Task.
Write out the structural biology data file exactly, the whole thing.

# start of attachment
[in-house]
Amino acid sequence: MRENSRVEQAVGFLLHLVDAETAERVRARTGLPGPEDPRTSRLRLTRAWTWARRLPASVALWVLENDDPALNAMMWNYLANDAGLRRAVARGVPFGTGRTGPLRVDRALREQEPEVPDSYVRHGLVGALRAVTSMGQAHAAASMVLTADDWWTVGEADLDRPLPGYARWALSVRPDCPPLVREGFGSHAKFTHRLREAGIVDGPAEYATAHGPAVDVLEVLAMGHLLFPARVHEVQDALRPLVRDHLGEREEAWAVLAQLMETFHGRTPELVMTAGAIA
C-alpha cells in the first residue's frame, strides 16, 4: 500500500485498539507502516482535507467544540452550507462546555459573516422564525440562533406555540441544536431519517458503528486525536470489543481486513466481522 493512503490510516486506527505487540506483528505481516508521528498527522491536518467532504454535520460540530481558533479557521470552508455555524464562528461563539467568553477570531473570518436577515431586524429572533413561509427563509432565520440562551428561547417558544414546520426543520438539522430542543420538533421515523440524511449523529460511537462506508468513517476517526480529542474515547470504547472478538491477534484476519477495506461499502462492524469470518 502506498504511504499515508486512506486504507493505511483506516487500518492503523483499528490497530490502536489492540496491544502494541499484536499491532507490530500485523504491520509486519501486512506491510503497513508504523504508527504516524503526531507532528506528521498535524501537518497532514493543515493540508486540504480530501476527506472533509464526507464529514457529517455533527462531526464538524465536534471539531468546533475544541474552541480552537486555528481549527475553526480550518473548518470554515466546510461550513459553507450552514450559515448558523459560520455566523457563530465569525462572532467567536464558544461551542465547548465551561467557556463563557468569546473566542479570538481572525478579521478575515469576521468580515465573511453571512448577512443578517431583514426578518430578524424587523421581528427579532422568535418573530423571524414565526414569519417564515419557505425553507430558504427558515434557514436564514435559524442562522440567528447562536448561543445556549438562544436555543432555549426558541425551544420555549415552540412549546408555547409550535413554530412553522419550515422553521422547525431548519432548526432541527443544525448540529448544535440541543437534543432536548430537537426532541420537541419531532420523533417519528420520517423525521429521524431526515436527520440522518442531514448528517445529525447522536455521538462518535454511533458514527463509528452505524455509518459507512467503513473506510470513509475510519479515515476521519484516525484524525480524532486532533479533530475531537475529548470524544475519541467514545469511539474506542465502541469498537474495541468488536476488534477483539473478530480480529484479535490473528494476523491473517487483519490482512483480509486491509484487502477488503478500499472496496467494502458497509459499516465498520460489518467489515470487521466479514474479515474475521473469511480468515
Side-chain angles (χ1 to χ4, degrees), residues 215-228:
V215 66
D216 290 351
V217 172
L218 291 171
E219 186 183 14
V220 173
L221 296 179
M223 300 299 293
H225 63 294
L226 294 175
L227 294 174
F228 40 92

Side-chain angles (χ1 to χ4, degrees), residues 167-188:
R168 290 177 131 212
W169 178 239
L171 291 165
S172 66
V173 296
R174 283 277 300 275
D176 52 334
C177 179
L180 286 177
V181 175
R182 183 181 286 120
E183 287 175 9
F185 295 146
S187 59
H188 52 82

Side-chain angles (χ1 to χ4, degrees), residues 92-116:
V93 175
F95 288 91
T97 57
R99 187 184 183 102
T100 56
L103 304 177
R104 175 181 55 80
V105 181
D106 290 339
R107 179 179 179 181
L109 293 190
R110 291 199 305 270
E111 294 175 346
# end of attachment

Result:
[in-house]
Amino acid sequence: MRENSRVEQAVGFLLHLVDAETAERVRARTGLPGPEDPRTSRLRLTRAWTWARRLPASVALWVLENDDPALNAMMWNYLANDAGLRRAVARGVPFGTGRTGPLRVDRALREQEPEVPDSYVRHGLVGALRAVTSMGQAHAAASMVLTADDWWTVGEADLDRPLPGYARWALSVRPDCPPLVREGFGSHAKFTHRLREAGIVDGPAEYATAHGPAVDVLEVLAMGHLLFPARVHEVQDALRPLVRDHLGEREEAWAVLAQLMETFHGRTPELVMTAGAIA
C-alpha cells in the first residue's frame, strides 16, 4: 500500500485498539507502516482535507467544540452550507462546555459573516422564525440562533406555540441544536431519517458503528486525536470489543481486513466481522 493512503490510516486506527505487540506483528505481516508521528498527522491536518467532504454535520460540530481558533479557521470552508455555524464562528461563539467568553477570531473570518436577515431586524429572533413561509427563509432565520440562551428561547417558544414546520426543520438539522430542543420538533421515523440524511449523529460511537462506508468513517476517526480529542474515547470504547472478538491477534484476519477495506461499502462492524469470518 502506498504511504499515508486512506486504507493505511483506516487500518492503523483499528490497530490502536489492540496491544502494541499484536499491532507490530500485523504491520509486519501486512506491510503497513508504523504508527504516524503526531507532528506528521498535524501537518497532514493543515493540508486540504480530501476527506472533509464526507464529514457529517455533527462531526464538524465536534471539531468546533475544541474552541480552537486555528481549527475553526480550518473548518470554515466546510461550513459553507450552514450559515448558523459560520455566523457563530465569525462572532467567536464558544461551542465547548465551561467557556463563557468569546473566542479570538481572525478579521478575515469576521468580515465573511453571512448577512443578517431583514426578518430578524424587523421581528427579532422568535418573530423571524414565526414569519417564515419557505425553507430558504427558515434557514436564514435559524442562522440567528447562536448561543445556549438562544436555543432555549426558541425551544420555549415552540412549546408555547409550535413554530412553522419550515422553521422547525431548519432548526432541527443544525448540529448544535440541543437534543432536548430537537426532541420537541419531532420523533417519528420520517423525521429521524431526515436527520440522518442531514448528517445529525447522536455521538462518535454511533458514527463509528452505524455509518459507512467503513473506510470513509475510519479515515476521519484516525484524525480524532486532533479533530475531537475529548470524544475519541467514545469511539474506542465502541469498537474495541468488536476488534477483539473478530480480529484479535490473528494476523491473517487483519490482512483480509486491509484487502477488503478500499472496496467494502458497509459499516465498520460489518467489515470487521466479514474479515474475521473469511480468515
Side-chain angles (χ1 to χ4, degrees), residues 215-228:
V215 66
D216 290 351
V217 172
L218 291 171
E219 186 183 14
V220 173
L221 296 179
M223 300 299 293
H225 63 294
L226 294 175
L227 294 174
F228 40 92

Side-chain angles (χ1 to χ4, degrees), residues 167-188:
R168 290 177 131 212
W169 178 239
L171 291 165
S172 66
V173 296
R174 283 277 300 275
D176 52 334
C177 179
L180 286 177
V181 175
R182 183 181 286 120
E183 287 175 9
F185 295 146
S187 59
H188 52 82

Side-chain angles (χ1 to χ4, degrees), residues 92-116:
V93 175
F95 288 91
T97 57
R99 187 184 183 102
T100 56
L103 304 177
R104 175 181 55 80
V105 181
D106 290 339
R107 179 179 179 181
L109 293 190
R110 291 199 305 270
E111 294 175 346